In the Mix: Glass and Ceramics: Technical Issues

Research output: Contribution to specialist publicationArticle

Abstract / Description of output

As an undergraduate student, I was always told that glass and ceramics could not
be combined in a hot state and that I should not waste my time trying to make
them mix; it just would not work. Many glass students have received this same
message at some point in their education. At the time I did not like hearing this
information, but relented and decided that perhaps gluing them together was a good option. This got me an effective quick fix, but a few years later I decided I wanted more. I applied some perseverance to this challenging question: how do I mix these two difficult materials in a hot state? My doctoral research managed to answer this question and turn the first statement on its head - glass and ceramics can indeed be combined in a hot state. I completed my practice-based PhD at the University of Sunderland in 2009. Through my research I successfully
combined glass and ceramics in a hot state, resulting in the creation of a unique
series of blown and cast artworks that fused the two mediums into one. The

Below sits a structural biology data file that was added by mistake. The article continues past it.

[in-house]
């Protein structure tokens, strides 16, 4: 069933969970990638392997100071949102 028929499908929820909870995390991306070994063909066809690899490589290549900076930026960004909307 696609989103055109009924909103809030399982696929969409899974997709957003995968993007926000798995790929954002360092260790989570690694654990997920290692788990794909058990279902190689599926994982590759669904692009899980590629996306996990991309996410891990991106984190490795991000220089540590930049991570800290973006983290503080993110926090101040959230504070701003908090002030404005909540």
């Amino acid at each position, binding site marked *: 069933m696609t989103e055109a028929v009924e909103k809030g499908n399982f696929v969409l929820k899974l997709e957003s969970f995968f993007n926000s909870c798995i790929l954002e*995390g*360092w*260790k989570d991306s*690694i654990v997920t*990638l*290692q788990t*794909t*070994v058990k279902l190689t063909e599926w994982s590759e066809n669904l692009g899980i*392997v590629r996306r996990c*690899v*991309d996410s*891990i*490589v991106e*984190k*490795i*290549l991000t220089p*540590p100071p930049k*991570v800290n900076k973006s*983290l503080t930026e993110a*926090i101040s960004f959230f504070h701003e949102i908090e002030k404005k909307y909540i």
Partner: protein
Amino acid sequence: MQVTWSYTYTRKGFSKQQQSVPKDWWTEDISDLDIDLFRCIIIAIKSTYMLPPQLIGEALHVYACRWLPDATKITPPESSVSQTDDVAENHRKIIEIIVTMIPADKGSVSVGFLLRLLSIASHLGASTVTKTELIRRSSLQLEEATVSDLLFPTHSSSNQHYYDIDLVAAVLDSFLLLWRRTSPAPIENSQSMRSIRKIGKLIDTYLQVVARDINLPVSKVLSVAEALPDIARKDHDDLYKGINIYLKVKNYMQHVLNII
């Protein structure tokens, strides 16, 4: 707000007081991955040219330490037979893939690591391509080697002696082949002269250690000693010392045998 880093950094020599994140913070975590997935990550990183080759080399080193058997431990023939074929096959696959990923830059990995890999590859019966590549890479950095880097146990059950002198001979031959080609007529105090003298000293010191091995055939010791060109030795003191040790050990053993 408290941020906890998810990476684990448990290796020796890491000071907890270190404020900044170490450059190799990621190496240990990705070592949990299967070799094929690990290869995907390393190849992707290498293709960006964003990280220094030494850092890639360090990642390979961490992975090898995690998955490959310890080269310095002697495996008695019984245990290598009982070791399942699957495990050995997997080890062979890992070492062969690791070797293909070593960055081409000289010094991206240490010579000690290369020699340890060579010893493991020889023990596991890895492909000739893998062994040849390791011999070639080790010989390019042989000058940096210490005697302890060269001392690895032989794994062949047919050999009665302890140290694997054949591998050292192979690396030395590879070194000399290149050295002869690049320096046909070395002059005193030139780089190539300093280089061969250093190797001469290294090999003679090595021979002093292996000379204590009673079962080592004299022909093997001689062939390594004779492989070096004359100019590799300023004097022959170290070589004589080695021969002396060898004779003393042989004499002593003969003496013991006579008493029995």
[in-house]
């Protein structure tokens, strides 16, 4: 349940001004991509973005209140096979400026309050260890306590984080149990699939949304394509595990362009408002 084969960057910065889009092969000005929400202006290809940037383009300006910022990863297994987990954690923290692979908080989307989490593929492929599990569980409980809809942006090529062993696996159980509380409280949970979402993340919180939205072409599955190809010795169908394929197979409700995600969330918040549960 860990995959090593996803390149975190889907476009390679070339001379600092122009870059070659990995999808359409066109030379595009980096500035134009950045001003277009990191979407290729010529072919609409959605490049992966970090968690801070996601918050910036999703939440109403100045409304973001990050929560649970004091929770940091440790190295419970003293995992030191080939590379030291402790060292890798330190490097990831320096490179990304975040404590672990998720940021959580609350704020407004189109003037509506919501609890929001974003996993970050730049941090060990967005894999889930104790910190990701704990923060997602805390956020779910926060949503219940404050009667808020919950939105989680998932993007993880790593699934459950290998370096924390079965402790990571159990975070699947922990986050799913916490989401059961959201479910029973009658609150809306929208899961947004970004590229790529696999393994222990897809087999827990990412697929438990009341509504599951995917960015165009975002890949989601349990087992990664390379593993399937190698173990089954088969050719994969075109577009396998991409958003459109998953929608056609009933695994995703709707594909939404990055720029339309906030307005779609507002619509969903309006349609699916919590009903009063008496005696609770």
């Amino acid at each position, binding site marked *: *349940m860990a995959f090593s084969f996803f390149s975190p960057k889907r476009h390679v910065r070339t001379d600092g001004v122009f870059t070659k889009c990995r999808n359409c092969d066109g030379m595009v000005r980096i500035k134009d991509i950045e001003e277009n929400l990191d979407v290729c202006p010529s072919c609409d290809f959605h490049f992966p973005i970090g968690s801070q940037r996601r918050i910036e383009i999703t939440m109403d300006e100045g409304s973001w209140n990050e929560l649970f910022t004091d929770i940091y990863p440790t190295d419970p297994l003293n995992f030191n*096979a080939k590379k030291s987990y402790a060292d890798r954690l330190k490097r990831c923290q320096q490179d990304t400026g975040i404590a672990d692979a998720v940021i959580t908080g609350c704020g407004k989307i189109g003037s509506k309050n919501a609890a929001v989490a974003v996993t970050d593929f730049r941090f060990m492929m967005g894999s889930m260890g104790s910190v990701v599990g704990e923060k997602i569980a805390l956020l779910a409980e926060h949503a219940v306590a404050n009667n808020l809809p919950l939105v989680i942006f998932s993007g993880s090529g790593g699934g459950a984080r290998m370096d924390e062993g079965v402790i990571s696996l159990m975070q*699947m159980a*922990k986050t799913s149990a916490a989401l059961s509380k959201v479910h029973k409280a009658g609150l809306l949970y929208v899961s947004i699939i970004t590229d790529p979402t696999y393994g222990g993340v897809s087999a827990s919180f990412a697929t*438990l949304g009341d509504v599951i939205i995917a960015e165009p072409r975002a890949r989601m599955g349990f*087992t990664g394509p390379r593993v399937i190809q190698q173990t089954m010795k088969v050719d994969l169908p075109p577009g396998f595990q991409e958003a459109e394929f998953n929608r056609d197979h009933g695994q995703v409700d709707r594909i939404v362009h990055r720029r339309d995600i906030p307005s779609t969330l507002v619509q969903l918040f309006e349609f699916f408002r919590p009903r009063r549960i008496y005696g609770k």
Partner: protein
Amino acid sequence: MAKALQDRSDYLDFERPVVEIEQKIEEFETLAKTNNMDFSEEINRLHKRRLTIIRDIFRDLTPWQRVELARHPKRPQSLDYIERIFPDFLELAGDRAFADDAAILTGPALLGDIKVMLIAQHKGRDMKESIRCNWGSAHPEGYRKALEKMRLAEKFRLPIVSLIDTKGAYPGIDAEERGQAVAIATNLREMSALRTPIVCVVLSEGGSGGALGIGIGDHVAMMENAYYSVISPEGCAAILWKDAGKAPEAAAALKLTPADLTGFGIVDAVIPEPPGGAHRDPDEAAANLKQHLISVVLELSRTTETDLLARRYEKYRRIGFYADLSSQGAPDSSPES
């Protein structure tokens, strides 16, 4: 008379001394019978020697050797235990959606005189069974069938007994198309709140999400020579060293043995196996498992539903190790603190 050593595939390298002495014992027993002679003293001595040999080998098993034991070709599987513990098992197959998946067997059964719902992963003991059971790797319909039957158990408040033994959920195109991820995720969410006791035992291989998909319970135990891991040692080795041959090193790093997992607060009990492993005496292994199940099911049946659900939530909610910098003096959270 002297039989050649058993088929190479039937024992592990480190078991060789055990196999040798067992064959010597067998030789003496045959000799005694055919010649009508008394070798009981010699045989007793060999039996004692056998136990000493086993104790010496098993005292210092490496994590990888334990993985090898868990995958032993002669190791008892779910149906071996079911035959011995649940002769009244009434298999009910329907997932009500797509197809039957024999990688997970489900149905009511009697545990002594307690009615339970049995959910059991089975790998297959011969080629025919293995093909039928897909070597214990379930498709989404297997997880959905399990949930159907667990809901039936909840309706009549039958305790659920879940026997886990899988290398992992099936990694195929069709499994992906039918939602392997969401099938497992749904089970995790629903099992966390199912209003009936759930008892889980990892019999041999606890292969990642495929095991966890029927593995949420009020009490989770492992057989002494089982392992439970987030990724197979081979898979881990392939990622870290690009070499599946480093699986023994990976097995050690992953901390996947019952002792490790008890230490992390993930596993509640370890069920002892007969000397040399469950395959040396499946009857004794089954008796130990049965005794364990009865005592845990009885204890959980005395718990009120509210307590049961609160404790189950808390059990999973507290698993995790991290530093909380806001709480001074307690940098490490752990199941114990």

opportunity to re-write glass and ceramics history was quite a coup – although if
anyone had seen my earlier testing they would have thought I was quite mad, and
indeed possibly wasting my time, as most of the samples cracked at the beginning. Until I found my secret ingredient – quartz added to bone china. In this article, I will talk about my research, my search for materials that would aid my testing and the artworks that were created. I will also talk about the scientific, historical and contemporary context that inspired and guided me through this process.
Original languageEnglish
Number of pages2
Specialist publicationGlass Art Society Newsletter
Publication statusPublished - 12 Apr 2013

Keywords / Materials (for Non-textual outputs)

  • glass
  • ceramics
  • combination
  • hot state
  • studio
  • design
  • compatibility
  • material science


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